I'm wondering if anyone has faced this issue (x-post w/ the other builders board): I'm trying to decide whether to retrofit the main pivot of my Dean Ace. The main pivot on this bike pivots around the BB, using a design they share with Lenz. The BB threads into a smooth shell, which then rotates inside bushings -- originally delrin, now brass (I'm on my third and have overhauled the pivot many times more than that).

    The amount of maintenance (or play in the rear triangle) is a drag.

    Dean will retrofit the frame to use large cartridge roller bearings for $70 since I'm the original owner. This will take 6-7 weeks (yes I'm familiar with their delivery times).

    Can anyone tell me from personal experience whether the bearings last reasonably long and whether they've had a good experience with the set-up generally? Maybe someone who has done the retrofit, or maybe has a newer Dean (Lenz too, though I wonder whether the more flexy ti front triangle might be helping it wear fast) that came with the bearings originally?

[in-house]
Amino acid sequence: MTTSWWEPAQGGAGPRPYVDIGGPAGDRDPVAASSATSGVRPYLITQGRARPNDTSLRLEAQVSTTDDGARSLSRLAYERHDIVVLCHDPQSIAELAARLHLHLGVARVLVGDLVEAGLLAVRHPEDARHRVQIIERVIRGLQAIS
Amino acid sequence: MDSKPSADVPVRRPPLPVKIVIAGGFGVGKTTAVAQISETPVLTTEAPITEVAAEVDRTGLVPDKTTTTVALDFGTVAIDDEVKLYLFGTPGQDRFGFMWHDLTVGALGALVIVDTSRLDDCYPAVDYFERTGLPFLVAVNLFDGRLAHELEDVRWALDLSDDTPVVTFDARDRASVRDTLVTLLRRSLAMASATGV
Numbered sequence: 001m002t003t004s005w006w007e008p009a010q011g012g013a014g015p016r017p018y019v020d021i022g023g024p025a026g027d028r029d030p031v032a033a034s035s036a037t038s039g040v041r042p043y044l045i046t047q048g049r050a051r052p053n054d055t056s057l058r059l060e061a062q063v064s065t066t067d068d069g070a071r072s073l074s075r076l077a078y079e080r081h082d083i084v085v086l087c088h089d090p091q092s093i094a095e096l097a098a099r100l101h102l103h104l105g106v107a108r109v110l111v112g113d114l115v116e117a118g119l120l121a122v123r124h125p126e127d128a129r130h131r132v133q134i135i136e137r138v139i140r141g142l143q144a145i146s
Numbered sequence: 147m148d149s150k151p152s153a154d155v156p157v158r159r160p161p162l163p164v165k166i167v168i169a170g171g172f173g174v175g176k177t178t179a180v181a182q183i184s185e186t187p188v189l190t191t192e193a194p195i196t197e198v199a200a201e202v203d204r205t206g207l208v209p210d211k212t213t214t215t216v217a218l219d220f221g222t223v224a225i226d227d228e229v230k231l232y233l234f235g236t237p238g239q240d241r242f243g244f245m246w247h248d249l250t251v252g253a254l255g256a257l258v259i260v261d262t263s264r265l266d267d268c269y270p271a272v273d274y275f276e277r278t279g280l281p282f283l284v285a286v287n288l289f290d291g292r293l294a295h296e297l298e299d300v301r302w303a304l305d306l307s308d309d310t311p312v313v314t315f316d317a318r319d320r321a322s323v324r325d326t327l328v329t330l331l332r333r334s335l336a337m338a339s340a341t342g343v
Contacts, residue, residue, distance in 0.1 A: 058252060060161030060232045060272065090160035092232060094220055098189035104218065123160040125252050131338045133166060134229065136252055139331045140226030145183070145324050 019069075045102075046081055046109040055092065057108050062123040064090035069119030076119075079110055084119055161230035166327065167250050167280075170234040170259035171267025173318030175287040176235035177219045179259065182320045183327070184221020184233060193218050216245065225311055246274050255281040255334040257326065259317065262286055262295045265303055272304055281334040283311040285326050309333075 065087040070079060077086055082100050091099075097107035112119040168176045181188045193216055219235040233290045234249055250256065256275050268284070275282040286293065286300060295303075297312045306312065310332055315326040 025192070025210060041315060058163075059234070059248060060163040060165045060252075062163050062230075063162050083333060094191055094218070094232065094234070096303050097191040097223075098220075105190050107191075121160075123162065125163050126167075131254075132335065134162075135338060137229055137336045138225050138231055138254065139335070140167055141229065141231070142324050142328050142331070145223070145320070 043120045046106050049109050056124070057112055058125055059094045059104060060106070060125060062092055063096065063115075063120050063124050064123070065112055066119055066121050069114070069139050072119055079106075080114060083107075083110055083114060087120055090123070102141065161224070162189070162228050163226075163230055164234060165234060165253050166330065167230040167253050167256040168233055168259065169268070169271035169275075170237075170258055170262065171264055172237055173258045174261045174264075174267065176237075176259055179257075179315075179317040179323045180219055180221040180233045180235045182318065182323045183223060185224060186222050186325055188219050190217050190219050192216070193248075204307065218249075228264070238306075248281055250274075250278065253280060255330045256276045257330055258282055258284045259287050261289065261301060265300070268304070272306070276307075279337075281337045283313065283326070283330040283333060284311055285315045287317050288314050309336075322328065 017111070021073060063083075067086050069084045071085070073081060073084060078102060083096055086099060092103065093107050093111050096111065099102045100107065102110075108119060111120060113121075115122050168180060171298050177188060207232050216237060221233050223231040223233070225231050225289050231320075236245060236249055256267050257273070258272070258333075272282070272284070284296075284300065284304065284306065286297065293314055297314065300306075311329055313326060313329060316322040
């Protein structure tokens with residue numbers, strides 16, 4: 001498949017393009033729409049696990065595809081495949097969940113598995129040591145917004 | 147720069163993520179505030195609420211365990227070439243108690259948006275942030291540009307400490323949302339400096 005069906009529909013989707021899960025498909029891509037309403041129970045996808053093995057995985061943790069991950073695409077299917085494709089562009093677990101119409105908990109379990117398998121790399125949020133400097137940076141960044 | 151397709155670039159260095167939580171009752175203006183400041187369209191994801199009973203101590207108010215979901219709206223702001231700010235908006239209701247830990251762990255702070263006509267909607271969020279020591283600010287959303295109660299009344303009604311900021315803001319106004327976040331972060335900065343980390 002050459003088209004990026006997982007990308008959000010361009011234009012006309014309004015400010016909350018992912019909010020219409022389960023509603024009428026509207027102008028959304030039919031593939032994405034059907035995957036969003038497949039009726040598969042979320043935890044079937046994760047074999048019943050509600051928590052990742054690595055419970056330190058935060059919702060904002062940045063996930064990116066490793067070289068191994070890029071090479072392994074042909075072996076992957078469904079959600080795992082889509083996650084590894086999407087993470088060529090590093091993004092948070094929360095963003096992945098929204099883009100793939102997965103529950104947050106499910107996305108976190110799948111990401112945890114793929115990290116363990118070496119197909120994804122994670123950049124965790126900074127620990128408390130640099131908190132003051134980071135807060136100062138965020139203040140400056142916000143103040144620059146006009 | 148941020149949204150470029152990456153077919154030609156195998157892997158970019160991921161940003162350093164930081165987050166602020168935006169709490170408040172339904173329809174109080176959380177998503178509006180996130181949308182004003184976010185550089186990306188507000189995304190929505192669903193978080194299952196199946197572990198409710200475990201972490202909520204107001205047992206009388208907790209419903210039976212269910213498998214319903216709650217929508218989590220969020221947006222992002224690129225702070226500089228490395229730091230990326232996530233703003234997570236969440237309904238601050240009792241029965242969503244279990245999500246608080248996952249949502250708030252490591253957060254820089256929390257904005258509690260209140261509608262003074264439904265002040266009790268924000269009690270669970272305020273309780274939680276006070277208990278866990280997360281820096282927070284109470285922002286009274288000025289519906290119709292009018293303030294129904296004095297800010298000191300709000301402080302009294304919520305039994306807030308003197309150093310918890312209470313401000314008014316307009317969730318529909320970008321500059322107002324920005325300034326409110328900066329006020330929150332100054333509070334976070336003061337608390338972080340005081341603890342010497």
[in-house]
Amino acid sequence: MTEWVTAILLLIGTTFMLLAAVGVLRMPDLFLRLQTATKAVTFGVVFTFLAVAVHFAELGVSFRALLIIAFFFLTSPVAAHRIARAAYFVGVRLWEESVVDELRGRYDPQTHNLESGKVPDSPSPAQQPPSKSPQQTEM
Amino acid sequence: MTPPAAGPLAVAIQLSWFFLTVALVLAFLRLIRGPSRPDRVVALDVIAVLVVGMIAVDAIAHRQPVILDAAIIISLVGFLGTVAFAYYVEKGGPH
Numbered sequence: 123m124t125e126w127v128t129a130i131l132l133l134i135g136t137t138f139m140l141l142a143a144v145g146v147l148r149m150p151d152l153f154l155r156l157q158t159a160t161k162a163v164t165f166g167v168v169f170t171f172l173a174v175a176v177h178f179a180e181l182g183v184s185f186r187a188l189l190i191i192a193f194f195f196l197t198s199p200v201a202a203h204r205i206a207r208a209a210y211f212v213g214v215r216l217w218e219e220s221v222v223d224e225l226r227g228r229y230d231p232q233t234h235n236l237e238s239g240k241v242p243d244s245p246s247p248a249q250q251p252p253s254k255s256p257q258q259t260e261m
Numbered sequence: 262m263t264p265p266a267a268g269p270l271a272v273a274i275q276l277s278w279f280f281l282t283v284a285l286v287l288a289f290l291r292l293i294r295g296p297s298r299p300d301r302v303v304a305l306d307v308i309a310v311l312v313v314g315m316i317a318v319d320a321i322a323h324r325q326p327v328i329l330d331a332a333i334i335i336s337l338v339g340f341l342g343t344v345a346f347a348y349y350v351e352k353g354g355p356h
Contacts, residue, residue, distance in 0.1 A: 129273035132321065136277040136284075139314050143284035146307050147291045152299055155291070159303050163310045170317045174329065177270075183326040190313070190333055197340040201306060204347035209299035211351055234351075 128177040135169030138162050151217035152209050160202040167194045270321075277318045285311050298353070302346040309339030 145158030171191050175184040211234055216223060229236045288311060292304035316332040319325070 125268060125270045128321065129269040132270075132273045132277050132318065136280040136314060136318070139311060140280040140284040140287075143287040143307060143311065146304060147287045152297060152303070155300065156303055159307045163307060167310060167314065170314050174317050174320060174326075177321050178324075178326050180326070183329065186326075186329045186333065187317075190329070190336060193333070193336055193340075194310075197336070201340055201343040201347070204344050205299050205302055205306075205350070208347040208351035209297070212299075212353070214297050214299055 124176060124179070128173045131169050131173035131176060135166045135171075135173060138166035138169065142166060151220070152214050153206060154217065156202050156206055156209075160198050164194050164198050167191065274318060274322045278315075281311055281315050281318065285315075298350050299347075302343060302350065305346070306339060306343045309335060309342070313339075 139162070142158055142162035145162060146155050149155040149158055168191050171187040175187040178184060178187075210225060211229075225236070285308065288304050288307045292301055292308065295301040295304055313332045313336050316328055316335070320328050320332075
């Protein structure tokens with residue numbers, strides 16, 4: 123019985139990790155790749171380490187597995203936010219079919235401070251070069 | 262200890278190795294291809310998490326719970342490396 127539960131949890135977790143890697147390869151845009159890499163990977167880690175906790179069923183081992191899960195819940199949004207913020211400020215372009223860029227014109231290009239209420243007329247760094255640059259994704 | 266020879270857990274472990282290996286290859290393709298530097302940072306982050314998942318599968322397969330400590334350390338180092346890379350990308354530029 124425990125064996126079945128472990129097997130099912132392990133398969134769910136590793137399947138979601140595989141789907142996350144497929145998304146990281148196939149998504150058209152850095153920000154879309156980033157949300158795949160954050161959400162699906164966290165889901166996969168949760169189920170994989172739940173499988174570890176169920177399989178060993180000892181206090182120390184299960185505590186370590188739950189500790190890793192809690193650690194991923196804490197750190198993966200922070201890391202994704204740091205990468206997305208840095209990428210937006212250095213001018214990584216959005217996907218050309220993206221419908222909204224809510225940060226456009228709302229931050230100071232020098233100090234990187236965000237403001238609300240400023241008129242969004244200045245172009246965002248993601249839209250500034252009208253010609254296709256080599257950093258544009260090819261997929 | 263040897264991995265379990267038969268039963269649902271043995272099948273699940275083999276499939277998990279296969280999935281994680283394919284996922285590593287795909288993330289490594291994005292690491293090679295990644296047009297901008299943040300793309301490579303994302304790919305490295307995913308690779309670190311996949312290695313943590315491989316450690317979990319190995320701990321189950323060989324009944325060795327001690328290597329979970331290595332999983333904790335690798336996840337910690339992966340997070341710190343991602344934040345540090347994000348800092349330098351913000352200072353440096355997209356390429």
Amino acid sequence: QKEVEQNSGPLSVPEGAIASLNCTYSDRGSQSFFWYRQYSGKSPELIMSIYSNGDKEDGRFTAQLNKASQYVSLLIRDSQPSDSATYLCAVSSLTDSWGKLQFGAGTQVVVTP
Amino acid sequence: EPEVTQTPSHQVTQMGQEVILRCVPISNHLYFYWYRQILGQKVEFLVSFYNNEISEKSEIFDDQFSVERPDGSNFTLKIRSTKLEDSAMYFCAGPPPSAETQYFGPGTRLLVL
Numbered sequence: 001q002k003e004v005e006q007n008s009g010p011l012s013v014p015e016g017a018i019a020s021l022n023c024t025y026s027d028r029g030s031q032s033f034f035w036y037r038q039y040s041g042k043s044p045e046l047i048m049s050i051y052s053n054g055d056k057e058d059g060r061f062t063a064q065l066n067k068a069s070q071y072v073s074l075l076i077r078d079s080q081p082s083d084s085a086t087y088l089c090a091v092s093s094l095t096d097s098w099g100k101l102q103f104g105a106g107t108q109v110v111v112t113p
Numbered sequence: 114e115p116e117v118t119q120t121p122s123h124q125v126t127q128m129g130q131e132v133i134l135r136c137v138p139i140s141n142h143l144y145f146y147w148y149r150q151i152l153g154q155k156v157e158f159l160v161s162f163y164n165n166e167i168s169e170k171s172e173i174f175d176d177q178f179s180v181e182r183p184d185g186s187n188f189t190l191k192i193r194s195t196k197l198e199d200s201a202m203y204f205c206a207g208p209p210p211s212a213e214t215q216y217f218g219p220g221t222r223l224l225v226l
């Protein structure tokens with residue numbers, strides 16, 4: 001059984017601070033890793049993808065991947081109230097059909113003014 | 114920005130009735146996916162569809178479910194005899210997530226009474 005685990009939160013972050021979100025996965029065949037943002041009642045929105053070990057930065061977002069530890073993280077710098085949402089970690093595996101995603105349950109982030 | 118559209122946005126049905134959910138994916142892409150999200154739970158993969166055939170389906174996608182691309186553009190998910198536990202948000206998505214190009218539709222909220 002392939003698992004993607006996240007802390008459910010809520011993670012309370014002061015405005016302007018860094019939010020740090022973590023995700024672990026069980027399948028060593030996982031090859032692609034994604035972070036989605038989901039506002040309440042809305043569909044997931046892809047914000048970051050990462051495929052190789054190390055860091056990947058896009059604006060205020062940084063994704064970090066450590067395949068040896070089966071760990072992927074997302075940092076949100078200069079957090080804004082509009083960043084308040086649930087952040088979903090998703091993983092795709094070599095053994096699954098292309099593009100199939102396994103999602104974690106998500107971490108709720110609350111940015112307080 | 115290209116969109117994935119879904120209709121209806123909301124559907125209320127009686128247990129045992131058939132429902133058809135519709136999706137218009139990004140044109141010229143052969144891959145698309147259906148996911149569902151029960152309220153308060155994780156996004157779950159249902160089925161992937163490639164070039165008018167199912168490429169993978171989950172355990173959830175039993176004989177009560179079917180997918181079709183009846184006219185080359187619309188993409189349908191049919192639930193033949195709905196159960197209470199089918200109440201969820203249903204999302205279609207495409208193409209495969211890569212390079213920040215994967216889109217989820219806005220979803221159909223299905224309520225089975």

Thanks!
    i sold my Ace 3.0 frame before retrofitting, so i can't comment on the quality of the bearings, but nothing can be worse than the constant squeel and endless maintenance of that brass bushing. i have very un-fond memories of the maintenance required to keep that bushing functioning properly.

    personally, i think that Dean should do the upgrade for free since the problem is the result of a design issue, but no one asked me what i think. as such, $70 is not an unreasonable price to pay to reduce the maintenance required to keep the bike running smoothly.

    rt
    [SIZE="2"]"where are you not going so fast?" (question asked to cyclist on a trainer)[/SIZE]

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  5. #5
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    Quote Originally Posted by *rt*
    i sold my Ace 3.0 frame before retrofitting, so i can't comment on the quality of the bearings, but nothing can be worse than the constant squeel and endless maintenance of that brass bushing. i have very un-fond memories of the maintenance required to keep that bushing functioning properly.

    personally, i think that Dean should do the upgrade for free since the problem is the result of a design issue, but no one asked me what i think. as such, $70 is not an unreasonable price to pay to reduce the maintenance required to keep the bike running smoothly.

    rt